Tuesday, June 25, 2013

Spy: Discover The Secret World Of Espionage And Spy Technology At Philadelphia's Franklin Institue

On assignment for Counterterrorism magazine, I ventured to Philadelphia's Franklin Institue to see their new exhibit, Spy: The Secret World of Espionage. 

The exhibit offers visitors a rare view of more than 200 historical artifacts from the spy game. The artifacts are on loan from the CIA Museum and the personal collection of espionage historian H. Keith Melton.

Some of these gadgets seem to come from the fictional and fantastic James Bond films rather than history, such as Charlie the Catfish, one of two CIA robotic Catfish that were utilized to explore the use of unmanned underwater vehicles for aquatic missions.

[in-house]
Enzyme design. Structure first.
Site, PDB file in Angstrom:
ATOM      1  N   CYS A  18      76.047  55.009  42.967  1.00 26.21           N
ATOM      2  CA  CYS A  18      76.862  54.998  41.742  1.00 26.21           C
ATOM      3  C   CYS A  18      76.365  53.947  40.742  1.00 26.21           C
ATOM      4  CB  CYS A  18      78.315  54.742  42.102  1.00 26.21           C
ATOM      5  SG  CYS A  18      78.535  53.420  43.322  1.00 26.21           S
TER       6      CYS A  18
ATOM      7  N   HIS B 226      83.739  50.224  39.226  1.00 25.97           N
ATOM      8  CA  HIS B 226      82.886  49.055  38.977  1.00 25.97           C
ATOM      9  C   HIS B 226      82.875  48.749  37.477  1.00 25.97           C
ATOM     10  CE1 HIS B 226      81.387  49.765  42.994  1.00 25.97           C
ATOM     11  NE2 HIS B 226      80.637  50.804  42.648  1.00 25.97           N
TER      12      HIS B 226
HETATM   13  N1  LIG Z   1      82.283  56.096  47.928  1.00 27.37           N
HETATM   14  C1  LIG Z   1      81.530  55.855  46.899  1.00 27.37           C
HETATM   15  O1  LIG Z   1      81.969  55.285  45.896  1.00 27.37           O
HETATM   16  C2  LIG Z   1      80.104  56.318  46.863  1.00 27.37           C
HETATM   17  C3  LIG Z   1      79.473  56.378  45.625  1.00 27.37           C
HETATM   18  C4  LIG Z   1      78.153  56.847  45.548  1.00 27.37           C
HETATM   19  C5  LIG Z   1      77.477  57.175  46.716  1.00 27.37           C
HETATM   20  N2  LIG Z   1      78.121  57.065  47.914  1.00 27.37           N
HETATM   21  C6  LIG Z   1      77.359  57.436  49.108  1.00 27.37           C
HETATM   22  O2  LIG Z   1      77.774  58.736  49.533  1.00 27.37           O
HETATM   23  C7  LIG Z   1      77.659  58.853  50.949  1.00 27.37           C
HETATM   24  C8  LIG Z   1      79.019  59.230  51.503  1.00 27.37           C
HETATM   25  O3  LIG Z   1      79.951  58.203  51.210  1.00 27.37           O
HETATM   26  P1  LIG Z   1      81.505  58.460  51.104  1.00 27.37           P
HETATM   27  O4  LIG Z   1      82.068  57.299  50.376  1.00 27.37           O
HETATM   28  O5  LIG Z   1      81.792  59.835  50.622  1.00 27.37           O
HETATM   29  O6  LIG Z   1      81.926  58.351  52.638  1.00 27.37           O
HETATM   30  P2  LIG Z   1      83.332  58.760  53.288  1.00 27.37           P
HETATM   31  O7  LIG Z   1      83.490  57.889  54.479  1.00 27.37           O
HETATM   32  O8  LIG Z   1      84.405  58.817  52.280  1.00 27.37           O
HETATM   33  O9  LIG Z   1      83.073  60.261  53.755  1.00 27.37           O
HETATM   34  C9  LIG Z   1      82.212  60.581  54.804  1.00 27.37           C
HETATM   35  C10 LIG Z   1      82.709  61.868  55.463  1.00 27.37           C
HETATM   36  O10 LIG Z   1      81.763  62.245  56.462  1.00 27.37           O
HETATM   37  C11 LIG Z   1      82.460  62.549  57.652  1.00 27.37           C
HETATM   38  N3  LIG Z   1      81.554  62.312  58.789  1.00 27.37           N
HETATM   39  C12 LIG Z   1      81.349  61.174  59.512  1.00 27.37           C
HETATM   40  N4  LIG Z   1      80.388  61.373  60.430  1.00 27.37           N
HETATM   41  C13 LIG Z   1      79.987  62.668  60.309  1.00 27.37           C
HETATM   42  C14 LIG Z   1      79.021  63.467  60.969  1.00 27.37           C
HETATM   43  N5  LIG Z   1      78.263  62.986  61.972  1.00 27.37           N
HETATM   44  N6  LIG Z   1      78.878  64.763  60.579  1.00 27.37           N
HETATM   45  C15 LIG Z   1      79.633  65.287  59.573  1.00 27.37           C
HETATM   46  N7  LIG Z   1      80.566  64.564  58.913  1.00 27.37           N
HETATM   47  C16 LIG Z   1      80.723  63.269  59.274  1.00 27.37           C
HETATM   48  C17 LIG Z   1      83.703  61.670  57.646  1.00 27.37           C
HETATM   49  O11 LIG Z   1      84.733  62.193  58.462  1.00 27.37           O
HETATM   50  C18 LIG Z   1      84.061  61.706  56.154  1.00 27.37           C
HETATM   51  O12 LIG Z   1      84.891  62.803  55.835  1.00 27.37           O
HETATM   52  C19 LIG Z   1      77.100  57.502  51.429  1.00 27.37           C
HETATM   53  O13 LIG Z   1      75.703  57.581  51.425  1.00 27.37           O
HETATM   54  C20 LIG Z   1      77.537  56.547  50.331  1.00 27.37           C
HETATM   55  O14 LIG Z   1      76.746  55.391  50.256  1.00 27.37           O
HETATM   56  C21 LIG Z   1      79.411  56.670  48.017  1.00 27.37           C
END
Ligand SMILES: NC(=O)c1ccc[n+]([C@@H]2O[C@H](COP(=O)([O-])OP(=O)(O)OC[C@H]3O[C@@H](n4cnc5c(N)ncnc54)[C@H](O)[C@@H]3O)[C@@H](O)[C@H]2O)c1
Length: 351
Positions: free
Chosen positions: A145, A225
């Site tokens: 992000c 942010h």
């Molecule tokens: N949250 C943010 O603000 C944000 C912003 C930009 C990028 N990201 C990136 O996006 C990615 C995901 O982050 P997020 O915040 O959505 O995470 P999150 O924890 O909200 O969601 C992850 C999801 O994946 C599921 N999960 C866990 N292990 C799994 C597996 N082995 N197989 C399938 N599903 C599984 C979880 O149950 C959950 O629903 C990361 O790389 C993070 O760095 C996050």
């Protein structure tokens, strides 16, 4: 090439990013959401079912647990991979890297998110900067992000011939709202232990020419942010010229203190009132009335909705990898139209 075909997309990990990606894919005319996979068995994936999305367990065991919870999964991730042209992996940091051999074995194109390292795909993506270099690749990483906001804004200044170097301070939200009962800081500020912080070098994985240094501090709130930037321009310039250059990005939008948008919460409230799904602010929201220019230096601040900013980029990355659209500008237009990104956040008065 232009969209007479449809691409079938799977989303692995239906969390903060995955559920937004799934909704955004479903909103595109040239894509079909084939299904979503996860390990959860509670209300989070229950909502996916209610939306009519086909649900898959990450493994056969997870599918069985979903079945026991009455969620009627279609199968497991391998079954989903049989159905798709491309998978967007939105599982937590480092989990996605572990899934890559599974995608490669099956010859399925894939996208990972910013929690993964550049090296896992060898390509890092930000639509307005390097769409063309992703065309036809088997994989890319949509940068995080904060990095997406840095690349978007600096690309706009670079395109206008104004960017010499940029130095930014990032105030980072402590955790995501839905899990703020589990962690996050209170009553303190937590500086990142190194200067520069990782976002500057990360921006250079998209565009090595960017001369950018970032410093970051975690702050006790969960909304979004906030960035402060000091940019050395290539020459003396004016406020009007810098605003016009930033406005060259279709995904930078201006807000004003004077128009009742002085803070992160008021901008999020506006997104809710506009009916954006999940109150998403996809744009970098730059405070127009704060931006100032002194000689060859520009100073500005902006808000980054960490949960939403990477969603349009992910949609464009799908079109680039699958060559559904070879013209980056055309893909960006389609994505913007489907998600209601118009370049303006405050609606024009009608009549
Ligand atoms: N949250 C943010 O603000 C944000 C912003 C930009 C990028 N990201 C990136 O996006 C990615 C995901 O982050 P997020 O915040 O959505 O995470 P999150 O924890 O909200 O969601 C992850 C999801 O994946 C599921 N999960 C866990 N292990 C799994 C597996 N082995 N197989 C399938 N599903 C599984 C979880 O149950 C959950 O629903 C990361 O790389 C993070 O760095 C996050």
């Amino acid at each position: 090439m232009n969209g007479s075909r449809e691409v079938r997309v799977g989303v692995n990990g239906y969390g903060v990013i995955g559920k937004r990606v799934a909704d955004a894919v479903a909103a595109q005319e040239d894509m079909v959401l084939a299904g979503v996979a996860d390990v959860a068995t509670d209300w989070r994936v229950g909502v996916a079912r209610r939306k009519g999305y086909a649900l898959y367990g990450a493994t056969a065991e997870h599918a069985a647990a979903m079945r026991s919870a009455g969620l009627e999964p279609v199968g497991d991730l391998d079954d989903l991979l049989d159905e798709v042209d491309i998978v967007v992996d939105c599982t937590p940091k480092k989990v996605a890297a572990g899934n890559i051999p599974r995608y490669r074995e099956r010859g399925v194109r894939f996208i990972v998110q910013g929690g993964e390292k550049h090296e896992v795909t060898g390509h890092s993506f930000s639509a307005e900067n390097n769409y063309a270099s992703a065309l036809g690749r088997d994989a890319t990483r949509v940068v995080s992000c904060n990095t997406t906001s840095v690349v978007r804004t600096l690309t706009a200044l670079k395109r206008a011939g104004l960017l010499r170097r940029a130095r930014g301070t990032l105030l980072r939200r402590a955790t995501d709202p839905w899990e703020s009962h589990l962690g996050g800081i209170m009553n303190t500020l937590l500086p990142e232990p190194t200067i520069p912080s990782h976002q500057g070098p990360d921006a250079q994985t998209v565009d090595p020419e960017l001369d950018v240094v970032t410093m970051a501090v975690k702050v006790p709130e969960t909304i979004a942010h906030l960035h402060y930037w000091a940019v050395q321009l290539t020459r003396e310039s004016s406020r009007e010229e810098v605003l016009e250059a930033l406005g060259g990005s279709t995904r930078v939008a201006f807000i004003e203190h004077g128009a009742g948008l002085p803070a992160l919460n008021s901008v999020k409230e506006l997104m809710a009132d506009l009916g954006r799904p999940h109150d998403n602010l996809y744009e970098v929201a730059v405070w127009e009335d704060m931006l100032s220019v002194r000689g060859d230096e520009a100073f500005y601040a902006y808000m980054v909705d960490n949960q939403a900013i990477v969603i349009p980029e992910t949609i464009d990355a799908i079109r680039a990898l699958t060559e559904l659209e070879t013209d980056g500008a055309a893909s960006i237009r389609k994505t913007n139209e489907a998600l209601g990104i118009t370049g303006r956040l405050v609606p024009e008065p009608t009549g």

As a student of espionage, I was also interested in seeing the Enigma Machine, a cipher machine used by the German Army to develop nearly unbreakeable codes (nearly, that is, as the British did in fact break the code in WWII).

And I was interested in viewing the ax that killed Leon Trotsky in Mexico by a Soviet agent.
There were many other items of interest there as well. It was well worth the visit.
 The exhibit will be open at the Franklin Institute until October 6th.
You can learn more about the exhibit via the below link:
Note: I later interviewed H. Keith Melton, author of Spy Sites in Philadelphia and Spycraft: The Secret History of the CIA's Spytechs from Communism to Al-Qaeda (written with Robert Wallace), about the exhibit. My magazine piece will be out in the coming months.  

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